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How Do You Make Financial Decisions: Landscape View or Portrait View?

Wealth mindset Investments

A simple way to keep spending down in your life (not just on a month to month basis) is to take a “landscape view” of your finances.

There is a reason why car commercials often say “Own for just $250 a month!” rather than “Own for $35,000!” It’s much easier to think about how to fit a small amount in your budget than to think about how that small amount adds up. But it’s important not to forget about that lump sum. Money is money, and everything costs more as time goes on due to inflation. (To carry on with the car example, the actual amount you would pay for a $35,000 car loan ends up being $38,675 at a 4% interest rate over 5 years!)

All too often, we buy based on thoughts like “Sure, what’s an extra $100 per month? I can handle that.”  Instead, we should think from the total cost of big purchases and how they impact your net worth (assets minus liabilities). This is the landscape view. How much do you have in assets and how much do you have in debt? Which one outweighs the other, and is this in line with your long term goals for your financial picture?

As with anything in life, taking a step back and looking at a broader perspective allows us to make better decisions.  This landscape view permits us to think in terms of how current actions impact the future—and how they could impact your other financial goals.

Cash Flow Versus Net Worth

Cash flow is the “portrait view” of your finances. Companies use cash flow statements in quarterly reports for investors, but for individuals, a personal cash flow statement is essentially a spending snapshot or budget. It’s a list of all the income coming in and the expenses going out.

Of course you would consider your cash flow before taking on debt to buy a house. But what about smaller purchases that tend to add up? Everything nowadays comes on a subscription basis, from exercise classes to grocery subscriptions delivered right to your doorstep. It may only be $100 a month, and not seem like a big deal. But step back to look at the big picture.

$100 per month is $1200 per year. $1200 per year, at even just 5% growth, could grow to $15,000 in 10 years! Chances are, you don’t have only $100 in recurring monthly subscriptions—something to think about!

Net worth is the “landscape view”, or the bigger picture of your debts and assets. Of course, over time, you want the assets to far outpace the debts, thus increasing your net worth!

The Landscape View

So how can you use your “landscape view” to decide what to buy or whether to take on a debt?  It all depends on what you want the big picture to look like. For example, if the numbers work out in your monthly “portrait view” but not your long-term “landscape view,” you might want to reconsider. In other words, you have the extra cash to pay for it—but that cash could be better deployed to other, larger financial needs, like paying off a debt or saving at a healthy level.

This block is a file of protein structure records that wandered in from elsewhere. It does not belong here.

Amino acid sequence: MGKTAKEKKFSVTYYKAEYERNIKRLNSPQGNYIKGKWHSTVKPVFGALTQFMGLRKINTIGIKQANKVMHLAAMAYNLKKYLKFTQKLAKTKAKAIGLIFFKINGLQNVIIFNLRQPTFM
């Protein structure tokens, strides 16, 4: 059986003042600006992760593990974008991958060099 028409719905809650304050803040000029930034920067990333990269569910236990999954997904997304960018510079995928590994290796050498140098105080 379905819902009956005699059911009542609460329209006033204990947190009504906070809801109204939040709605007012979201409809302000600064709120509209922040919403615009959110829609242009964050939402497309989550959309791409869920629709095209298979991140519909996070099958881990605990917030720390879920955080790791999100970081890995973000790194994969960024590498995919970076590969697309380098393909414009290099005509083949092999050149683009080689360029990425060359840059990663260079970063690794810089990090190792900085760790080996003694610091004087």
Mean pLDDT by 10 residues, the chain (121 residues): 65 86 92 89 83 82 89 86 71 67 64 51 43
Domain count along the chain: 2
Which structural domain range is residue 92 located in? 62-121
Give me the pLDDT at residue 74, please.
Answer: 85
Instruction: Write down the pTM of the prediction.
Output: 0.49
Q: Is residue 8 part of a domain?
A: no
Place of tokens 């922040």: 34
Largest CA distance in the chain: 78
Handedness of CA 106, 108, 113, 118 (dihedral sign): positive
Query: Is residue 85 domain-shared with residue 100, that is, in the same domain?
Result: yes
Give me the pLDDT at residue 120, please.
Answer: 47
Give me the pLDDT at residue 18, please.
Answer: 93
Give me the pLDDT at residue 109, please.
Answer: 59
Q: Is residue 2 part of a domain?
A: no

However, if your cash flow and net worth are otherwise healthy, it could be perfectly fine to increase your spending.

The bottom line is to always consider the big picture. Take an honest assessment of your financial health, and make decisions for the right reason. Approach any investment decision with a clear head, and prioritize investment goals in a disciplined manner. Keeping your financial picture diversified, liquid, and simple will help you to expand your net worth over time.


IMPORTANT DISCLOSURE INFORMATION

Please remember that past performance may not be indicative of future results. Different types of investments involve varying degrees of risk, and there can be no assurance that the future performance of any specific investment, investment strategy, or product (including the investments and/or investment strategies recommended or undertaken by Halpern Financial, Inc.), or any non-investment related content, made reference to directly or indirectly in this blog will be profitable, equal any corresponding indicated historical performance level(s), be suitable for your portfolio or individual situation, or prove successful. Due to various factors, including changing market conditions and/or applicable laws, the content may no longer be reflective of current opinions or positions. Moreover, you should not assume that any discussion or information contained in this blog serves as the receipt of, or as a substitute for, personalized investment advice from Halpern Financial, Inc.. To the extent that a reader has any questions regarding the applicability of any specific issue discussed above to his/her individual situation, he/she is encouraged to consult with the professional advisor of his/her choosing. Halpern Financial, Inc. is neither a law firm nor a certified public accounting firm and no portion of the blog content should be construed as legal or accounting advice. A copy of the Halpern Financial, Inc.’s current written disclosure statement discussing our advisory services and fees is available for review upon request.


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